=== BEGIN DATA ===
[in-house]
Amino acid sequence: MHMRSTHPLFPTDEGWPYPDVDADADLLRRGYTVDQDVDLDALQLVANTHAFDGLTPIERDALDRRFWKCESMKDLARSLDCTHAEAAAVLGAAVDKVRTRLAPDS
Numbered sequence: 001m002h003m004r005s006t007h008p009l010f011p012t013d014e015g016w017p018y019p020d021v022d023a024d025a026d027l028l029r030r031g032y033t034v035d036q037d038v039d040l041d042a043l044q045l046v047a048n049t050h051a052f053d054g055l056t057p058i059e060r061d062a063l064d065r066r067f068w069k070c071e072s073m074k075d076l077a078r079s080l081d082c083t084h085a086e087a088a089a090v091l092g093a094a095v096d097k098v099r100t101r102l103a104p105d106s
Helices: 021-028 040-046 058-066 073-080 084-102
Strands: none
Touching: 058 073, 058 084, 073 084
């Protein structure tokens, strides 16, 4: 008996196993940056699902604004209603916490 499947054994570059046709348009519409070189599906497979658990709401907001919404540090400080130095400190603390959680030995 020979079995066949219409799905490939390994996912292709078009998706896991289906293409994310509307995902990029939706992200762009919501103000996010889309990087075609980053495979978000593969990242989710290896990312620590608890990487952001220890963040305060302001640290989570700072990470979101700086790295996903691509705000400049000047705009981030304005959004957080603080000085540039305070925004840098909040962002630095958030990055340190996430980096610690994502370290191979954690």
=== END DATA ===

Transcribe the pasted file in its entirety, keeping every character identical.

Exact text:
[in-house]
Amino acid sequence: MHMRSTHPLFPTDEGWPYPDVDADADLLRRGYTVDQDVDLDALQLVANTHAFDGLTPIERDALDRRFWKCESMKDLARSLDCTHAEAAAVLGAAVDKVRTRLAPDS
Numbered sequence: 001m002h003m004r005s006t007h008p009l010f011p012t013d014e015g016w017p018y019p020d021v022d023a024d025a026d027l028l029r030r031g032y033t034v035d036q037d038v039d040l041d042a043l044q045l046v047a048n049t050h051a052f053d054g055l056t057p058i059e060r061d062a063l064d065r066r067f068w069k070c071e072s073m074k075d076l077a078r079s080l081d082c083t084h085a086e087a088a089a090v091l092g093a094a095v096d097k098v099r100t101r102l103a104p105d106s
Helices: 021-028 040-046 058-066 073-080 084-102
Strands: none
Touching: 058 073, 058 084, 073 084
């Protein structure tokens, strides 16, 4: 008996196993940056699902604004209603916490 499947054994570059046709348009519409070189599906497979658990709401907001919404540090400080130095400190603390959680030995 020979079995066949219409799905490939390994996912292709078009998706896991289906293409994310509307995902990029939706992200762009919501103000996010889309990087075609980053495979978000593969990242989710290896990312620590608890990487952001220890963040305060302001640290989570700072990470979101700086790295996903691509705000400049000047705009981030304005959004957080603080000085540039305070925004840098909040962002630095958030990055340190996430980096610690994502370290191979954690």